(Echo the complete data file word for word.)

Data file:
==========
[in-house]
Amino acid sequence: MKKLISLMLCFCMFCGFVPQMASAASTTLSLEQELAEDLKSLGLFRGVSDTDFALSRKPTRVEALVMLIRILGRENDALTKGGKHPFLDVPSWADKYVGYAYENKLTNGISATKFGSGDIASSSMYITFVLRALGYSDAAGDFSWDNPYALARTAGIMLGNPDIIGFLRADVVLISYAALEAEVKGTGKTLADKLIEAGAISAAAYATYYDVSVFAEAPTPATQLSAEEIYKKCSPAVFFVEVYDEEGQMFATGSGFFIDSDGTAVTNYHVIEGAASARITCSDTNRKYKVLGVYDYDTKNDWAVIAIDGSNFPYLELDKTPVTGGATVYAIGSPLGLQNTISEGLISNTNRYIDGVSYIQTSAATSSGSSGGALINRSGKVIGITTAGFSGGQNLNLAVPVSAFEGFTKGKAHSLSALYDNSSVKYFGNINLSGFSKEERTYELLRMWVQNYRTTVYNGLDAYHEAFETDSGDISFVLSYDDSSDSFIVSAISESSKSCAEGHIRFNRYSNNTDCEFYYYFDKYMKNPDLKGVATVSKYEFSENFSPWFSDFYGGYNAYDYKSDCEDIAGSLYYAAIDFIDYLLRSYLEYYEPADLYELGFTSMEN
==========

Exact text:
[in-house]
Amino acid sequence: MKKLISLMLCFCMFCGFVPQMASAASTTLSLEQELAEDLKSLGLFRGVSDTDFALSRKPTRVEALVMLIRILGRENDALTKGGKHPFLDVPSWADKYVGYAYENKLTNGISATKFGSGDIASSSMYITFVLRALGYSDAAGDFSWDNPYALARTAGIMLGNPDIIGFLRADVVLISYAALEAEVKGTGKTLADKLIEAGAISAAAYATYYDVSVFAEAPTPATQLSAEEIYKKCSPAVFFVEVYDEEGQMFATGSGFFIDSDGTAVTNYHVIEGAASARITCSDTNRKYKVLGVYDYDTKNDWAVIAIDGSNFPYLELDKTPVTGGATVYAIGSPLGLQNTISEGLISNTNRYIDGVSYIQTSAATSSGSSGGALINRSGKVIGITTAGFSGGQNLNLAVPVSAFEGFTKGKAHSLSALYDNSSVKYFGNINLSGFSKEERTYELLRMWVQNYRTTVYNGLDAYHEAFETDSGDISFVLSYDDSSDSFIVSAISESSKSCAEGHIRFNRYSNNTDCEFYYYFDKYMKNPDLKGVATVSKYEFSENFSPWFSDFYGGYNAYDYKSDCEDIAGSLYYAAIDFIDYLLRSYLEYYEPADLYELGFTSMEN